Two months after that, he tries to add me on Facebook (he’s not big on internet networking sites, so he was new to it) and I sent him this HUGE message about how big of a douche he was for trying to add me and for making me feel as if I wasn’t worth the time, because of my disability. Ugh. Guys can be such big jerks!!
That guy was just a ********* ,good riddance to bad rubbish. Iknow it hurts ,because i have been there, but it gets better. I dumped a guy i had been seeing for 4 years, he cheated on me with a girl who was living in the same apartment building as me. The piece of shit had the nerve to tell me i must forgive him and take into consideration that he is a great guy who never dicriminated against me as a disabled person ,and that there were many other non disabled girls he literally had to fend off, because he chose to be with me !!
It really irked me reading your message. Totally forget him he’s not worth your time. Everyone is right about wheelchairs weeding out the jerks. I’ve had dates where it seemed like oh I don’t know that they were okay with my chair and me but you could feel that it wasn’t going to last. I finally found the one I am totally sticking with he’s wonderful and makes me feel like the most loved women every day. If I had stopped looking I would have missed this one and that would have been a crying shame because we get along perfectly and I finally know why the others didn’t last… You have to both be totally comfortable and maybe I was worried about making other bf’s comfortable and they were trying to make sure I was so I wasn’t really me with them just a version of me.. When in reality neither of us was completely being ourselves. Good communication is the key. This time when my bf and I started dating we promised to be completely honest and share everything even if it wasn’t great and we found that we were being ourselves there’s nothing we don’t talk about. It has made us closer then most of my friends who are married..
You’ll be fine! 🙂 Never settle … NEVER! 🙂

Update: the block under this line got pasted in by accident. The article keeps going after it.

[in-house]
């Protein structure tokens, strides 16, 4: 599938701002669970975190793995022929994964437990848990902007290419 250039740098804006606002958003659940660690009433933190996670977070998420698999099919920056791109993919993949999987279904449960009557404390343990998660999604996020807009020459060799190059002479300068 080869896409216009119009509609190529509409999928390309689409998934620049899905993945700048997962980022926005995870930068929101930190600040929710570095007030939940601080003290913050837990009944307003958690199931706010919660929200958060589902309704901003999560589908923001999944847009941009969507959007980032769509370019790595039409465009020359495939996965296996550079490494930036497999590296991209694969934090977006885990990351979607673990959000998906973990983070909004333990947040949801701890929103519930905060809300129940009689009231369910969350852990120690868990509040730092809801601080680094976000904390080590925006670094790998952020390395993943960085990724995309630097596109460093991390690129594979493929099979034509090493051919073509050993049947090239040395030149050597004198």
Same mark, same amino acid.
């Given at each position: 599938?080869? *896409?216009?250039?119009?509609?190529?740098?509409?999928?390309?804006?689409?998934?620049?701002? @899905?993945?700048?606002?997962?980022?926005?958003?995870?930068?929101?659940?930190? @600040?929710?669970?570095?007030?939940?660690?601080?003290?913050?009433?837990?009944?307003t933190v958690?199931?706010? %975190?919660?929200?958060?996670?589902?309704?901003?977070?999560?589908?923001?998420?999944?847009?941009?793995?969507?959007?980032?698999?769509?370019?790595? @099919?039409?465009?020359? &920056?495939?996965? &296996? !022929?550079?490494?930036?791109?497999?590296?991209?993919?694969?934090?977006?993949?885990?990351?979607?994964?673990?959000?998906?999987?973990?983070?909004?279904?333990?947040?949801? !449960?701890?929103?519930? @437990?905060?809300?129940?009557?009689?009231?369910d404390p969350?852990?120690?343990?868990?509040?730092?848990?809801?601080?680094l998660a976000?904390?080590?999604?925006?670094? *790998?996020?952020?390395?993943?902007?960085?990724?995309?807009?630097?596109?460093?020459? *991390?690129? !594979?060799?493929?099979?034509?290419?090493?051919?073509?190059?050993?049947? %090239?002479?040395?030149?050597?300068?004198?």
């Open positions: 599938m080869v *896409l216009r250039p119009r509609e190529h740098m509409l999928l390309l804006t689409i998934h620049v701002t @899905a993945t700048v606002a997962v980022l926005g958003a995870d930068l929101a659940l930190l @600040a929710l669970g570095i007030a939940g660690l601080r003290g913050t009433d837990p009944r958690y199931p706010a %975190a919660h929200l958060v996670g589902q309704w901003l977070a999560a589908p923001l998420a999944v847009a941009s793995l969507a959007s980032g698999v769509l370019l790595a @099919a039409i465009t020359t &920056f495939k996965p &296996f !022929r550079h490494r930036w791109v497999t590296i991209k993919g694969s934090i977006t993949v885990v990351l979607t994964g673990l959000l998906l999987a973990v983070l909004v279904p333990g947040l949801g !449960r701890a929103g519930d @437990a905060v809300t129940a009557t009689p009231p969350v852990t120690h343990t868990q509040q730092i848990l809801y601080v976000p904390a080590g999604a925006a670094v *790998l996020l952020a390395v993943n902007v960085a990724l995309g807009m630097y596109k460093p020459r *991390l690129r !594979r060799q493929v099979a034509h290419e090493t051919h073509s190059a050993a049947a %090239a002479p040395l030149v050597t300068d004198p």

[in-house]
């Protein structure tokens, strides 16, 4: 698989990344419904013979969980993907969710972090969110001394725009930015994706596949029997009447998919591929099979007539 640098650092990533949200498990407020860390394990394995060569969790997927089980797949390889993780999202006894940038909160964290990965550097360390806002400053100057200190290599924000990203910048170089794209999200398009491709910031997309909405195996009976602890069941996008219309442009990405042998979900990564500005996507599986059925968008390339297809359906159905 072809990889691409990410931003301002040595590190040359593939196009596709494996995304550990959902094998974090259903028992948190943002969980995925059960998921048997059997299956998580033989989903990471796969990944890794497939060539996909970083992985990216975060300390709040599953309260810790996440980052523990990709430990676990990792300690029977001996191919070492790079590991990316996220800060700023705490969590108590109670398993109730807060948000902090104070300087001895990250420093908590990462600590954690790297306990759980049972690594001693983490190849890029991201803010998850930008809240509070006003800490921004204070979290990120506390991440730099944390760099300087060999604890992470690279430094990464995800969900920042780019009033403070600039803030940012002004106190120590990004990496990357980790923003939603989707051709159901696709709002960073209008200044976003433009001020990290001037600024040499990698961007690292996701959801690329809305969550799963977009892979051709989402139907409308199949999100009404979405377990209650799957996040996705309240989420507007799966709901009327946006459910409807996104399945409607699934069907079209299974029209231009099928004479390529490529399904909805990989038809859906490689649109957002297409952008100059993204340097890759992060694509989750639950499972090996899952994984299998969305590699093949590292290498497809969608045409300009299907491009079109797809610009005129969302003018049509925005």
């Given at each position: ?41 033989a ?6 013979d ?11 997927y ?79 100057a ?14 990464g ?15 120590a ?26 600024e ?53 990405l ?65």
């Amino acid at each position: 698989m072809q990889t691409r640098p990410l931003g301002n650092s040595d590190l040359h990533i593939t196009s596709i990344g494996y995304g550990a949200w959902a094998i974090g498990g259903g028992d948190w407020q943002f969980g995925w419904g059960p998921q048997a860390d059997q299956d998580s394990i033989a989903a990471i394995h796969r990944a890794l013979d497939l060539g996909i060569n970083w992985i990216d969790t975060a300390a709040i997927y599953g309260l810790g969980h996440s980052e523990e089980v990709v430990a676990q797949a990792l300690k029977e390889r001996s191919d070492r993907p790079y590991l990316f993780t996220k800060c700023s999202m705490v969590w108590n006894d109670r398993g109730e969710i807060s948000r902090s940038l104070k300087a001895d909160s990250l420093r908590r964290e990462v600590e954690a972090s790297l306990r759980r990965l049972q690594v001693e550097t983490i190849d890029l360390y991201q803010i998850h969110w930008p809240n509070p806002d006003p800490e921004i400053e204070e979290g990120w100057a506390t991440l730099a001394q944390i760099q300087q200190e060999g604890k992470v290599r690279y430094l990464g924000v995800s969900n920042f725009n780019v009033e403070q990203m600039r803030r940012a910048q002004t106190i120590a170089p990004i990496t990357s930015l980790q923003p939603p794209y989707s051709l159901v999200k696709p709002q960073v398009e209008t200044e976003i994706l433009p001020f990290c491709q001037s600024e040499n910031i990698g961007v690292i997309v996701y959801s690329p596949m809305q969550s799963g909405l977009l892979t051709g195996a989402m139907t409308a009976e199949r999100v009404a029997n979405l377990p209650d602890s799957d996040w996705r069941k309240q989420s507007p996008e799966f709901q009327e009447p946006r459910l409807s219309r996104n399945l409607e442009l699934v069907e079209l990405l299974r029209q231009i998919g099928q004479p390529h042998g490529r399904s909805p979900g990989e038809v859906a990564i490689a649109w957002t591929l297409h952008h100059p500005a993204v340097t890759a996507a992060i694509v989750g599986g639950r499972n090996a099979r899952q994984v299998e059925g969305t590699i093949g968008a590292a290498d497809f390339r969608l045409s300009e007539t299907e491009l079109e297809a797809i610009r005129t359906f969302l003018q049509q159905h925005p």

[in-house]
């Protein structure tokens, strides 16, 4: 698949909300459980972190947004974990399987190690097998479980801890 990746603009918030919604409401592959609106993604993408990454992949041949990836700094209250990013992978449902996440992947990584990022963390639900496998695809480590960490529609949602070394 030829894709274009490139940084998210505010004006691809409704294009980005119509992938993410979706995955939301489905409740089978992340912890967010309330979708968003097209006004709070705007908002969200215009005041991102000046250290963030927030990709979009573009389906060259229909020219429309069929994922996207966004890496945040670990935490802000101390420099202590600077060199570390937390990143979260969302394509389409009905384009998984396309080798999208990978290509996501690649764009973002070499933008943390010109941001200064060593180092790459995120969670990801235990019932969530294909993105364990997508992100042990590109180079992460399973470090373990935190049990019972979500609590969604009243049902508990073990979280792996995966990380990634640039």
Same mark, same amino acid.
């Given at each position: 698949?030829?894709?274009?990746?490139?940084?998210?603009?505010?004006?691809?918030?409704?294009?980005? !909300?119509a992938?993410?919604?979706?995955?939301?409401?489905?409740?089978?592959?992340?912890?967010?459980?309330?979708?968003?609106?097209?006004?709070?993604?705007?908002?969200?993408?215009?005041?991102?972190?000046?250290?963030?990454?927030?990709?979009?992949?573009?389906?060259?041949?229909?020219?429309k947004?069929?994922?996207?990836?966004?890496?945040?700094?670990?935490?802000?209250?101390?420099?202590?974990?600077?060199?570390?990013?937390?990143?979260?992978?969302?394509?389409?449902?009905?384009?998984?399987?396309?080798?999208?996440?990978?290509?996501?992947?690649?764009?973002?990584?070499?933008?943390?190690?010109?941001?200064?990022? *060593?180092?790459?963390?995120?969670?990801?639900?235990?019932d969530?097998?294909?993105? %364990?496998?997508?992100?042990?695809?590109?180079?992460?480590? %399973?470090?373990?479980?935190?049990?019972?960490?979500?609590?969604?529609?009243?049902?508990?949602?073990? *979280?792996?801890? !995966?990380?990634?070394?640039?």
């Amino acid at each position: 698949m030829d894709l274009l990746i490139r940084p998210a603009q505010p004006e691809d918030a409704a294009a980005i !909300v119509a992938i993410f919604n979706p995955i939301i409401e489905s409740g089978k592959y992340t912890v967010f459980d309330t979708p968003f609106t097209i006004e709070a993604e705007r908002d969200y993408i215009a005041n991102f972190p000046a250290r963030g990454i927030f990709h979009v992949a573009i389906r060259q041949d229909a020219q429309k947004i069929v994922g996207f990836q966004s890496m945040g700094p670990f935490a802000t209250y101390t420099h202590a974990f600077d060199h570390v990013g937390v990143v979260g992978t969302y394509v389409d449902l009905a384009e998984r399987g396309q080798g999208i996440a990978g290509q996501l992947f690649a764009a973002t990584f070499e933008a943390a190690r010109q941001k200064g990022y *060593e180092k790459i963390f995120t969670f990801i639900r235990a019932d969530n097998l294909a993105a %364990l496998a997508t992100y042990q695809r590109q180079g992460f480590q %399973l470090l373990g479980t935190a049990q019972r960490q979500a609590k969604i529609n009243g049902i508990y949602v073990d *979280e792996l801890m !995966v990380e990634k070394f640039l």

I would definetly date regardless of your disability. I am currently a US Marine. My contact info is terrance2525@gmail and 5183355437
I’ve been with a WC reliant woman with FA (Friedriech’s Ataxia) for 2 1/2 years now. I met her by chance on Myspace, and we started talking. I thought she was incredibly beautiful, but I do have to admit I was VERY apprehensive about the WC thing. I was single, well educated, had an incredible job and I did well financially. I actually didn’t have any problems finding attractive people to date, so going down the disabled path took a bit of time to consider. It was more fear of the unknown than anything else. But, after some consideration I thought to myself, why not? I have to admit, it totally opened a whole new world to me. I never realized how disconnected the rest of the world is to the “not so able bodied” community! But, my girl was an incredible person to be with. The transferring and other assistive care things I had to pick up really surprised me and I have to admit added an intimate feel to the relationship really early on. After spending almost 2 years driving 60 miles one way to see her, we finally moved in together after I made my house accessible. She is the love of my life and I can’t imagine ever being with anyone else. I never would have thought that I would ever be living with wheelchairs and accessible showeres before we first met. Don’t any of you give up the dream. Just as I found the perfect person for me, you can all find that perfect person for you. My sweetheart often tries to convince me that her disability will someday drive us apart. I think of all the “mentally disabled” people I’ve been with over the years and I’ll take someone who is physically disabled in a heartbeat! It’s not always easy, but for me its an incredible and sometimes guilty feeling to know that I’m making a difference in someone else’s life. Guilty because I enjoy being with her so much! She always tells me I saved her life. What she doesn’t understand is that until I met her, it was I who really wasn’t living. Truth be told, she is the one who actually saved MY life!